Digitizing for machine embroidery is highly technical. There is not much that is automatic about it.
|A screen shot of 6-D embroidery software|
I use several brands of digitizing software: 6-D Embroidery, Embrillance Stitch Artist, TruE for the Mac.
I would describe the software as a non-intuitive cross between Photoshop and Illustrator.
All designs are based on drawing. The drawing may be done directly in the software, in Illustrator or in Photoshop to form a background image to use as a reference for designing the stitches. Additionally, one can directly draw the individual stitches without reference to a background image.
|Print-outs of some lace designs|
All stitches are straight. There is no such thing as a curved stitch. Each stitch in a pattern is comprised of 2 needle penetrations, by definition, a straight line. Curves are made from many, many, little straight lines.
Thread and needles have real diameter that must coincide with the substrate that will hold the stitches. Cloth can be woven, knit or felted. When a needle and thread penetrate the cloth, the fibers are either pierced or pushed to one side. Each penetration distorts the substrate more. The accumulated distortion of the substrate, not to mention the expansion and contraction of the stitches, must be allowed for in the design.
You must be aware of stitch density: thread and needles have distinct diameters, limiting the number of stitches per square inch. This limits both the fineness and detail of the design. The density of stitching over existing stitch fields can increase saturation of color, but it can also break needles and rip the fabric or substrate.
The direction of the stitching shows off the affects of light on color. Subtle sheens that appear to sculpt the surface can be created by shifting stitch directions between contiguous shapes.
Types of thread affect outcome. There are cotton, polyester, trilobal polyester, rayon threads, metallic threads. Most come in a standard 40wt, but some are available in much thinner or much heavier weights affecting stitch out success. All patterns must be digitized with the thread weight in mind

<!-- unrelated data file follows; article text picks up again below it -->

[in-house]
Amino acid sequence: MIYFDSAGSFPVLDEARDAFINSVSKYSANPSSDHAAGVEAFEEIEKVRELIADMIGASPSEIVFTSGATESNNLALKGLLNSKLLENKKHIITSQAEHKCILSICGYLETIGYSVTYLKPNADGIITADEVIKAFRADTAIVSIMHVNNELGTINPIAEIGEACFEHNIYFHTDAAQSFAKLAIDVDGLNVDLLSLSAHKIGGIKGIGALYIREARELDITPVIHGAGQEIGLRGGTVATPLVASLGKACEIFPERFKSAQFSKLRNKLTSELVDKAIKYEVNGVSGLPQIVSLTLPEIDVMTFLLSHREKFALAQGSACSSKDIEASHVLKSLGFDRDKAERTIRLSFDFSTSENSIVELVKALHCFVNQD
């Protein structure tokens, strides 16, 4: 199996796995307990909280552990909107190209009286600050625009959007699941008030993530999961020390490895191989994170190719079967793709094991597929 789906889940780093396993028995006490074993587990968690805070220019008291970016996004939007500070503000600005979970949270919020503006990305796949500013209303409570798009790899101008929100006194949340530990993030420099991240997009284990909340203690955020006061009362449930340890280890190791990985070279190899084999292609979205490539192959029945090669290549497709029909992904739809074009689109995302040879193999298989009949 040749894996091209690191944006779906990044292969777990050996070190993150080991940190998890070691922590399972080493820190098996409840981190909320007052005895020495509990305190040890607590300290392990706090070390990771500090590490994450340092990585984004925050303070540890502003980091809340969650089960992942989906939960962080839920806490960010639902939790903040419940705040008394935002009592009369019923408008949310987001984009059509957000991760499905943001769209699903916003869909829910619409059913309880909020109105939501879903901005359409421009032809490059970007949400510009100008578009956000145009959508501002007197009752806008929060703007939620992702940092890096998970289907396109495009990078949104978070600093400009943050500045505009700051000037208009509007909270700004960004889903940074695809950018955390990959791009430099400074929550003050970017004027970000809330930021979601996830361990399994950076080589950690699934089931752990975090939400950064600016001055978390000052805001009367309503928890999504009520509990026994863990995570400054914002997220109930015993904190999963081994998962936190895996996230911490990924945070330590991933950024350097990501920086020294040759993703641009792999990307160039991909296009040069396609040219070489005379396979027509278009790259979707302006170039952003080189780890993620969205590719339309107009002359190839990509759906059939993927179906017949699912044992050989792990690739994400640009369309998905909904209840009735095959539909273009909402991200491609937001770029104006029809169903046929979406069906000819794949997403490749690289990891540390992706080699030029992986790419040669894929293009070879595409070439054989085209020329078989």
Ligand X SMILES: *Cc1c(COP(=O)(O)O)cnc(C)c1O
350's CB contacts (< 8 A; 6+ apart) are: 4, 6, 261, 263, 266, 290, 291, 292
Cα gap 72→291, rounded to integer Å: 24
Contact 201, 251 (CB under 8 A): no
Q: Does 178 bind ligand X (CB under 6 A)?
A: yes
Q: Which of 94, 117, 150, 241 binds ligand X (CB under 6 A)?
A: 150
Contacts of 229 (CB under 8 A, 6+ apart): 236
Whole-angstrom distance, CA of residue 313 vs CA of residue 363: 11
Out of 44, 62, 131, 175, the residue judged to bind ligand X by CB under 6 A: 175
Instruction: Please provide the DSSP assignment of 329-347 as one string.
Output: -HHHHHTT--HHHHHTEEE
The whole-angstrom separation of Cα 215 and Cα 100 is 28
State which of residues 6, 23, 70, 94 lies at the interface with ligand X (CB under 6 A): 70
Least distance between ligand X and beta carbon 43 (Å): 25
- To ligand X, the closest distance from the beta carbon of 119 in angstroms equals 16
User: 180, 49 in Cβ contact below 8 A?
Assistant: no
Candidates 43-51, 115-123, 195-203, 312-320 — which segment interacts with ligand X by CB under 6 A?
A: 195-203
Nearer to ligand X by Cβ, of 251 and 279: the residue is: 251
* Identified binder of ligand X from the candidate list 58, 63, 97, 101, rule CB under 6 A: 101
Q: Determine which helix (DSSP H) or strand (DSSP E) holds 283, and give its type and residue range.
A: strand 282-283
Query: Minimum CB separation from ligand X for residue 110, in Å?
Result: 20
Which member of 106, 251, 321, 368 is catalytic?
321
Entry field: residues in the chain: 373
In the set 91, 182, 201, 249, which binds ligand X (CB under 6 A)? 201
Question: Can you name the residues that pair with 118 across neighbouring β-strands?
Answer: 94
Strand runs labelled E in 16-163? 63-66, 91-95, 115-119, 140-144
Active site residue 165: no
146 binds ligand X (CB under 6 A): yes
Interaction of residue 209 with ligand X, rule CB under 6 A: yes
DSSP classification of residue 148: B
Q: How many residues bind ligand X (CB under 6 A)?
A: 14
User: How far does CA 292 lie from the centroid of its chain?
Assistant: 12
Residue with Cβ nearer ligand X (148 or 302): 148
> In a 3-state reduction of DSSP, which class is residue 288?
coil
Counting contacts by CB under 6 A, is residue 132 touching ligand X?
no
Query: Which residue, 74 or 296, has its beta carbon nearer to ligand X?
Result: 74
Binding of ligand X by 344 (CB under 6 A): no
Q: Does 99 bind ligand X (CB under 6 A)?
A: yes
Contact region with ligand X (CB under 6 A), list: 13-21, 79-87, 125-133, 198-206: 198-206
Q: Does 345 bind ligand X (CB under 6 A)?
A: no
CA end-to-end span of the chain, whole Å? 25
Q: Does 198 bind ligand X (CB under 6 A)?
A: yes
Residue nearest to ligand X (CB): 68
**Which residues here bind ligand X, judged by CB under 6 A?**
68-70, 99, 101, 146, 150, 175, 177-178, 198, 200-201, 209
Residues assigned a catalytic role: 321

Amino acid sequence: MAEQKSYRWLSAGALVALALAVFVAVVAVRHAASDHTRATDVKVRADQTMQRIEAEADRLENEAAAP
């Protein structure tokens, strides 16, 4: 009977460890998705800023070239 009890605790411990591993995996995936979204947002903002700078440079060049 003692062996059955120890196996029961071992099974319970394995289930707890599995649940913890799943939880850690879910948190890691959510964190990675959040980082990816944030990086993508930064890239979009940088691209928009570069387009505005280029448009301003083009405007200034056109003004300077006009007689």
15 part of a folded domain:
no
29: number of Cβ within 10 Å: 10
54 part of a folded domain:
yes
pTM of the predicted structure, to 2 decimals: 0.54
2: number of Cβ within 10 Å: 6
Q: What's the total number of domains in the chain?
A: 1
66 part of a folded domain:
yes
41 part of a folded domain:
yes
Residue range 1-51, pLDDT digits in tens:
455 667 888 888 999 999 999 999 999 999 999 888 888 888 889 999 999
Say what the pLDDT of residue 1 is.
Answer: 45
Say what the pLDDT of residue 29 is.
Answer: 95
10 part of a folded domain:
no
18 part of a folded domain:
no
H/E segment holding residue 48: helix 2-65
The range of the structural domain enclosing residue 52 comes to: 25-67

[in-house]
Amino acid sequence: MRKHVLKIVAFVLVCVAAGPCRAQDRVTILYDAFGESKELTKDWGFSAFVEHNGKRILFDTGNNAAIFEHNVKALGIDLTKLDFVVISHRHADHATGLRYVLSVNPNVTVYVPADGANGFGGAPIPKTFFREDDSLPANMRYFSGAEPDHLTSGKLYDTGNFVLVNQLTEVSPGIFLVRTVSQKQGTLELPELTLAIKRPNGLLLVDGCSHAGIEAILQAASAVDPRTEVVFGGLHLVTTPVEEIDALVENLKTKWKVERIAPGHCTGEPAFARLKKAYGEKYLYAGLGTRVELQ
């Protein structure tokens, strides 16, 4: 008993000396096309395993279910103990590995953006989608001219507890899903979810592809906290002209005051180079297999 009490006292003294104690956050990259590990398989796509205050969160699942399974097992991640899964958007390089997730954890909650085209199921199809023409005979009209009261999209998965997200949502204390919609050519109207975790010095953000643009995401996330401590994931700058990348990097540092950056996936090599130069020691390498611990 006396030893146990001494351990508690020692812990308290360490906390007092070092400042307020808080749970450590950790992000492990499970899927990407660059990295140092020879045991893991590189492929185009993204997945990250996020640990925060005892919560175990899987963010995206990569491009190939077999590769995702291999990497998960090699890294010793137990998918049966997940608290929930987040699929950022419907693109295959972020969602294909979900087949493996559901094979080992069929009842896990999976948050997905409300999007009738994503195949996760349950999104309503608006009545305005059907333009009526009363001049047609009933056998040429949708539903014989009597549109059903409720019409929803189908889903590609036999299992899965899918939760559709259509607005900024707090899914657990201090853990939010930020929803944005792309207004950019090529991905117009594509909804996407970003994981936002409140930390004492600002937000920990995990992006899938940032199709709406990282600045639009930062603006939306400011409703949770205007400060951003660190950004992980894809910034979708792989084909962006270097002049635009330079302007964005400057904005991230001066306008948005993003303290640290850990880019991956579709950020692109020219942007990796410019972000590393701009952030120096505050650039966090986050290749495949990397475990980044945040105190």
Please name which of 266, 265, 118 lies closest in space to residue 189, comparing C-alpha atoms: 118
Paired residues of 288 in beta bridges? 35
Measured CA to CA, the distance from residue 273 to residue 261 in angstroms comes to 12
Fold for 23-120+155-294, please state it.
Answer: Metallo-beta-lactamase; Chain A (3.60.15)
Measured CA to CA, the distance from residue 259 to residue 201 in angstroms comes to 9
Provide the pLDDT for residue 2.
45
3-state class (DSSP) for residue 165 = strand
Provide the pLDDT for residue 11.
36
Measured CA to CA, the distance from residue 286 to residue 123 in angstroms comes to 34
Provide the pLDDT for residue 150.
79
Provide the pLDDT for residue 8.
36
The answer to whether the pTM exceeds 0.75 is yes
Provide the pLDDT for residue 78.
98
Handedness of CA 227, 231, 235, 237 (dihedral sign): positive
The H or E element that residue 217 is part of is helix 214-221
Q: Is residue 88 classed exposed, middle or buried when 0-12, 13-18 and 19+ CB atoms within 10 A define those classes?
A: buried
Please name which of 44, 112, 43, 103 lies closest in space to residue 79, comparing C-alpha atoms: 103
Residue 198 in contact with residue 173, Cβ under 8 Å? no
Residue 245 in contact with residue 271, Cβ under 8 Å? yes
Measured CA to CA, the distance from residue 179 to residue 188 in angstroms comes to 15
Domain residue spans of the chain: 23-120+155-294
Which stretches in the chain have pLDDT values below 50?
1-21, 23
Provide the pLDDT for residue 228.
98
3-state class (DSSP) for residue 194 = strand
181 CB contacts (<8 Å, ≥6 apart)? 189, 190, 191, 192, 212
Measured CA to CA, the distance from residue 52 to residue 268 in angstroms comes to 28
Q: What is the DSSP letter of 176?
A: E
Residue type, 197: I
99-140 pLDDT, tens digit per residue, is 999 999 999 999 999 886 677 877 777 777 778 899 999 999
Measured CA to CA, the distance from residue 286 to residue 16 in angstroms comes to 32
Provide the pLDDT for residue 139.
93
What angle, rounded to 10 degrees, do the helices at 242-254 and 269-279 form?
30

The stitches are digitized in groups, forming objects. The order of these groups affects the outcome. One must be cognizant of where stitches intersect with lower layers. The order of layers can be rearranged in order to maximize stitch out efficiency and to combine stitches so the design looks as planned.
Pathing, or the order of operations in a stitch out, is very important. It is important to reduce the number of thread cuts and ties-offs by designating start and stop points on each object and, when possible, connecting objects with hidden stitching. Why is this important? The more cuts and tie-offs, the more opportunities for the machine to jam and destroy several hours of stitching. When digitizing for apparel, pathing is even more important as it affects comfort and durability of the design.
In addition to choosing appropriate thread-needle-cloth combinations, one also must choose the appropriate stabilizer and, sometimes, a topping. Stabilizer is a form of interfacing that helps prevent the substrate from puckering and shifting. It comes in many different forms and weights. Topping is a thin stabilizer made to be placed on top of the substrate and is used mostly when the substrate has high loft. For making lace, the stitching is done on several layers of water soluble stabilizer, which is essentially a sheet of starch.
Designing for free-standing lace requires that lines of stitches interlace sufficiently for the design to retain its form when the stabilizer is washed away. Designing balances the density of interlacement with the desired airiness. The shadows cast are part of the design process. Stitch length must be kept relatively short for the lace to maintain its integrity. However, it is possible, when long stitch lengths or unsupported elements are a desired part of the design, to stitch the form on bridal tulle.